So thats your 2nd post which is absolute rubbish. I cna back up my points and will do so if needed, but you have to back up yours.
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    (Original post by whorace)
    Lol at Russia being scared of ISIS. Russia pulled out of ISIS because they were bombing FSA rebel groups and using ISIS as a buffer to keep the Assad government in power as the least worst option. In other news, Russia left because the FSA is weaker, ISIS is weaker, and Assad is stronger.
    It was agreed with Assad beforehand and he thanked them for their support and has done enough to prevent assad's regime from collapsing.
    They've also been accused of attacking moderate opposition groups in the name of fighting ISIS
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    Russia has achieved what it aimed to do.

    a) It has strengthened Assad's buffer zone around Damascus;
    b) Russia is actually seen in the foreign policy world as a 'peacemaker', and for bringing a much needed reduction in destruction;
    c) The opposition has been forced to the negotiating table; they may not want to accept it but Russia does have a part to play in this;
    d) It has upstaged the West and many now view it as a major global power.

    Russia's involvement in Syria was never about defeating ISIS. If this was a consequence of their actions, then so be it but it was not their principle aim.
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    (Original post by Aceadria)
    Russia has achieved what it aimed to do.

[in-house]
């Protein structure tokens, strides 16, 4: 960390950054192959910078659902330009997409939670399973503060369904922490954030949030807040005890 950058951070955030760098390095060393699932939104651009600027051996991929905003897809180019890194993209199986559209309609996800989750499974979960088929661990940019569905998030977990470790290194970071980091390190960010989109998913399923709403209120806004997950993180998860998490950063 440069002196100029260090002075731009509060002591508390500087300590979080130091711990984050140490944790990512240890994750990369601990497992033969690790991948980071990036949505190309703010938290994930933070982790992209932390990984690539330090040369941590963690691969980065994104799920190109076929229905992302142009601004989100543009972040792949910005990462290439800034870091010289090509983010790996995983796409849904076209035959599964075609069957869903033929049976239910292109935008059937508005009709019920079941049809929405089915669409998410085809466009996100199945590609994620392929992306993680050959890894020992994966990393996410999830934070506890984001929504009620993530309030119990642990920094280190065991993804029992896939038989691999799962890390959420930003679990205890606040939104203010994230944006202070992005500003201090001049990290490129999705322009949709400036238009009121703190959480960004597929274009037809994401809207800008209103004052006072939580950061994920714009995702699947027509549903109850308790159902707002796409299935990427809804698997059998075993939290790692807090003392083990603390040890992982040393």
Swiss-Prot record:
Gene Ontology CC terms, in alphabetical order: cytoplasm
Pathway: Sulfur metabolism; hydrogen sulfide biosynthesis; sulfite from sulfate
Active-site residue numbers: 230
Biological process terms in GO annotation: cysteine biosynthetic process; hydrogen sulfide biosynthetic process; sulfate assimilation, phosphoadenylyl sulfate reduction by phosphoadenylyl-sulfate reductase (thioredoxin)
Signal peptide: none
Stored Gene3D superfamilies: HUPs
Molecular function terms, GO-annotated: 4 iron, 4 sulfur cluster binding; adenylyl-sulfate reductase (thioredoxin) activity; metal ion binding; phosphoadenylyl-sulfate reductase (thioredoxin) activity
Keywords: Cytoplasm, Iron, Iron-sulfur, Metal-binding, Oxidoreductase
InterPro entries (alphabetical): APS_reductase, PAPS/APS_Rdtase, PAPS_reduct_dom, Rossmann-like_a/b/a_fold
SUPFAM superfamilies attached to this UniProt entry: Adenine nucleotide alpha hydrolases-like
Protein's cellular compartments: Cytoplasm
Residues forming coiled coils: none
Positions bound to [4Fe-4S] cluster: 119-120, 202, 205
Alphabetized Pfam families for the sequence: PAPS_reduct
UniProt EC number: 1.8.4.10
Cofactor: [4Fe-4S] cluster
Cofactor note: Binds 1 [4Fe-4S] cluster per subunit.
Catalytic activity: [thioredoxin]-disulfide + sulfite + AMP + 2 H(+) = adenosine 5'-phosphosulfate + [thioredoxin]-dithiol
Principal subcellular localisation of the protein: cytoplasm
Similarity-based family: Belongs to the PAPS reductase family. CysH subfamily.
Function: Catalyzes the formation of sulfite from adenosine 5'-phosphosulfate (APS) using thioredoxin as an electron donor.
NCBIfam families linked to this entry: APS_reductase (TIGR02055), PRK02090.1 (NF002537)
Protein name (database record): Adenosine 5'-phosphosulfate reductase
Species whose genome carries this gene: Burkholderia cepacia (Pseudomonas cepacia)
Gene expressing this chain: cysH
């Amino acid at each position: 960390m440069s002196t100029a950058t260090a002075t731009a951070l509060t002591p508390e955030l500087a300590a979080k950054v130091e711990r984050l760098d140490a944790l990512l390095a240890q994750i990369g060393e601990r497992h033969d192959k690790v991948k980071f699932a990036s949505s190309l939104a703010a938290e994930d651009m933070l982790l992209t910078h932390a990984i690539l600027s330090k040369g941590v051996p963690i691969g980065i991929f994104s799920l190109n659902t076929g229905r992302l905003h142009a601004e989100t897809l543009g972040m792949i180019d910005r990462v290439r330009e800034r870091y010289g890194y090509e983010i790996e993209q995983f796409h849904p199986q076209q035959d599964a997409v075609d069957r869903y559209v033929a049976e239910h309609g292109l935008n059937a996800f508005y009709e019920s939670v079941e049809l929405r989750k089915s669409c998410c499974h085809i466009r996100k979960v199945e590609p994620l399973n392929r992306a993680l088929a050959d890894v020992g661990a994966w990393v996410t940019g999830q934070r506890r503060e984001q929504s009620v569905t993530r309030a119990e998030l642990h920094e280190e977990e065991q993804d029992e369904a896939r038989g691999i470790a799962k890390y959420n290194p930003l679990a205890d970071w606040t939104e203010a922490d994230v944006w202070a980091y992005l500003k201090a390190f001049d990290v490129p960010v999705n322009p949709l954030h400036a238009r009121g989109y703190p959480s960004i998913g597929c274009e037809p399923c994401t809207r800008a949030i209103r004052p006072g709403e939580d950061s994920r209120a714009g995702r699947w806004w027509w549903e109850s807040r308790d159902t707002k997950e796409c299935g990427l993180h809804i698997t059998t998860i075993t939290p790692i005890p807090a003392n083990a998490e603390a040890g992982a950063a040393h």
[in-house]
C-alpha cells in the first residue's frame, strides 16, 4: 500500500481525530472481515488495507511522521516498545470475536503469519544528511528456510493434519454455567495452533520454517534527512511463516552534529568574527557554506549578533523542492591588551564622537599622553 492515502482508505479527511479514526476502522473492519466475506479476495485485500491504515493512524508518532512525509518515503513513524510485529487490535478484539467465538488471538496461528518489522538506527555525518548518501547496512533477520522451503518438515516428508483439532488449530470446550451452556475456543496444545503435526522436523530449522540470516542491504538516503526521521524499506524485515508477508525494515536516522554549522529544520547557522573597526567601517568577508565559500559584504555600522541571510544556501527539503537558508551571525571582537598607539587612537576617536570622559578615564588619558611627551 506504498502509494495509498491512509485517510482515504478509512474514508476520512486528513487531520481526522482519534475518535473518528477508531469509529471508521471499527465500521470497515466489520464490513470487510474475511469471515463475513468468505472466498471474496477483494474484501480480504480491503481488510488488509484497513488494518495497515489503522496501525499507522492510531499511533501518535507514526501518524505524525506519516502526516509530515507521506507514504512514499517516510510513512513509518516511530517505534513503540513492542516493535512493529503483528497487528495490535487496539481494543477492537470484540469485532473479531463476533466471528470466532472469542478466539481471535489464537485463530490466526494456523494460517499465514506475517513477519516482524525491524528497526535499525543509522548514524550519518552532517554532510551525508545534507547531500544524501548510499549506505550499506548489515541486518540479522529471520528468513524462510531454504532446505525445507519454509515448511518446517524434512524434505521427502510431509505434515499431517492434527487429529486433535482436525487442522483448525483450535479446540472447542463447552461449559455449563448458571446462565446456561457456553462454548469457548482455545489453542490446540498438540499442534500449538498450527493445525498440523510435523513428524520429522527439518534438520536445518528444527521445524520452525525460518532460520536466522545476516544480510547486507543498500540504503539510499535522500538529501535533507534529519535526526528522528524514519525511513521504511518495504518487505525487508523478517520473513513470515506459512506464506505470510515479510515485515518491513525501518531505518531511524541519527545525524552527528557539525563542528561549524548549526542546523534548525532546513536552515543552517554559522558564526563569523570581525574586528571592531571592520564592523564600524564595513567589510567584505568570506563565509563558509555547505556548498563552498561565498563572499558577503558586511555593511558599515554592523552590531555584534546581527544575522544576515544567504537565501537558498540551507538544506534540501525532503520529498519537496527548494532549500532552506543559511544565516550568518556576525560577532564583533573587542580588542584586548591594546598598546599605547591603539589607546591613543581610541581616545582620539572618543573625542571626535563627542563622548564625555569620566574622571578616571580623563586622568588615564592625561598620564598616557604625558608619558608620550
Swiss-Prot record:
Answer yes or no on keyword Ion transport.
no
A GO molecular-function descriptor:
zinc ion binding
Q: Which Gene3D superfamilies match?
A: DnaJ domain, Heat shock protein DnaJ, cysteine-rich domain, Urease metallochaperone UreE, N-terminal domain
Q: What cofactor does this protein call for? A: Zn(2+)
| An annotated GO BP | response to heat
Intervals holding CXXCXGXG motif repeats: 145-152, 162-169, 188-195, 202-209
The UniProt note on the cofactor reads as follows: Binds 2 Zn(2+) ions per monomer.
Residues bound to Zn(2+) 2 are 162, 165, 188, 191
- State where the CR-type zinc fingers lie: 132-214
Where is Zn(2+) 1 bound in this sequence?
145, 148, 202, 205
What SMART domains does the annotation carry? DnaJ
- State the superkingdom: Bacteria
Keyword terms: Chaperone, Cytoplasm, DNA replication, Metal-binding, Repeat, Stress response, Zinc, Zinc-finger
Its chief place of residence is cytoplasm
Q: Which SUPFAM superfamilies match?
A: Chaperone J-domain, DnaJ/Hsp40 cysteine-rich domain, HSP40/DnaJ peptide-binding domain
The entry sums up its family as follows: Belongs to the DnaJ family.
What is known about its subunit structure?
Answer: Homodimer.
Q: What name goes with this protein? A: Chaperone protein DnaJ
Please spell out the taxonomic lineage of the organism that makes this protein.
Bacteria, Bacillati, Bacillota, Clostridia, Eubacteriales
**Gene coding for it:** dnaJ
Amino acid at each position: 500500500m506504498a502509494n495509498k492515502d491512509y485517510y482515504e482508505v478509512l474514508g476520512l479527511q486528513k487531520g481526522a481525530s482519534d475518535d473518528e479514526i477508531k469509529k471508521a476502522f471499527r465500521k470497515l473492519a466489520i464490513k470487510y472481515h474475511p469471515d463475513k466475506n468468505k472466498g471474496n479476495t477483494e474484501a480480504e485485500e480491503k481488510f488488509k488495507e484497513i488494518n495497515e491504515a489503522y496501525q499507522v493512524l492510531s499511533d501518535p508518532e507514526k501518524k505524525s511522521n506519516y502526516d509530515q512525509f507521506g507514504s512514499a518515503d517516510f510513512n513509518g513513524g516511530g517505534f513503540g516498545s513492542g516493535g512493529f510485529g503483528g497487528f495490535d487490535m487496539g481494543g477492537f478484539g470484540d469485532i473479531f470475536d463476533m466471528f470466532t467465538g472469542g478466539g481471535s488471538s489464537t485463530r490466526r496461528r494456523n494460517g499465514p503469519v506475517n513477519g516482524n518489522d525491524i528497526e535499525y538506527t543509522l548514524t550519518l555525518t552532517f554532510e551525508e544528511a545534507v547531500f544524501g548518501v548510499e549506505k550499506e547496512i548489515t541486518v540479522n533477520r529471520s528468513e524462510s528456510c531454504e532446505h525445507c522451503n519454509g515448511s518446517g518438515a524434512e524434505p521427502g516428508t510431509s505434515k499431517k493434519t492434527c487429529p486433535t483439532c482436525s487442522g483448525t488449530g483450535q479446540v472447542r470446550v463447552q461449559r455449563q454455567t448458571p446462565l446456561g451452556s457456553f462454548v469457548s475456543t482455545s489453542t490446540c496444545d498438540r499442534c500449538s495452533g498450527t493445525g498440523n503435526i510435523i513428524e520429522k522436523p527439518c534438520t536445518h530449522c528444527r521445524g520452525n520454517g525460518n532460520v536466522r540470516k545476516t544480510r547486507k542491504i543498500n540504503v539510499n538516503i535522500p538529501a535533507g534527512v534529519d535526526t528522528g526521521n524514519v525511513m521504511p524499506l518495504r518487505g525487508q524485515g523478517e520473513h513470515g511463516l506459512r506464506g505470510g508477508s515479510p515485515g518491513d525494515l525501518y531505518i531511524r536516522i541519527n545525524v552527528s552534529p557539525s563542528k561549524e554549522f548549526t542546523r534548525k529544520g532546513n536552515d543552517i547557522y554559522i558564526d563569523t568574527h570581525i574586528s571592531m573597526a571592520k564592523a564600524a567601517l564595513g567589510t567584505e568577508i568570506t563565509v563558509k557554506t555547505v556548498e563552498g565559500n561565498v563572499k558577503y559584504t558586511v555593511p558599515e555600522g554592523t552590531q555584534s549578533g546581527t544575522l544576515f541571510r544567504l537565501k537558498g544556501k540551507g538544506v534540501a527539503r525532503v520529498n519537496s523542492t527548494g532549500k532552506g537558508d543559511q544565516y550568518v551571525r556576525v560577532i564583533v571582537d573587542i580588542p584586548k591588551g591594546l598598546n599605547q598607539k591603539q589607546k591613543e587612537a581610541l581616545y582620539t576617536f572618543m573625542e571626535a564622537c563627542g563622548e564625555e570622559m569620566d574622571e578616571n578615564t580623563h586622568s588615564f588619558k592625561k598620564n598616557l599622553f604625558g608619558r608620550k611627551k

a) It has strengthened Assad's buffer zone around Damascus;
    b) Russia is actually seen in the foreign policy world as a 'peacemaker', and for bringing a much needed reduction in destruction;
    c) The opposition has been forced to the negotiating table; they may not want to accept it but Russia does have a part to play in this;
    d) It has upstaged the West and many now view it as a major global power.

    Russia's involvement in Syria was never about defeating ISIS. If this was a consequence of their actions, then so be it but it was not their principle aim.
    But putin has also made it clear Russian forces could make a come back in Syria if necessary and continue with air strikes against ISIS and ANF and other terrorist organisations within Syria
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    Its debatable as to whether defeating ISIS was Russia's main goal in Syria. Probably not, so it seems unlikely that they're the main reason for their withdrawal.
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    (Original post by Ambitious1999)
    Last week Russia suddenly pulled forces out of Syria knowing that ISIS was winning, can't be beaten and scared of a backlash and trouble from the Daesh.

    ISIS have been gaining vast amounts of territory daily and scaring other countries with terror if they get involved. Now Russia has left large parts of Syria will fall back to ISIS control. The Syrian regime is on verge of collapse and Damascus is on the verge of falling.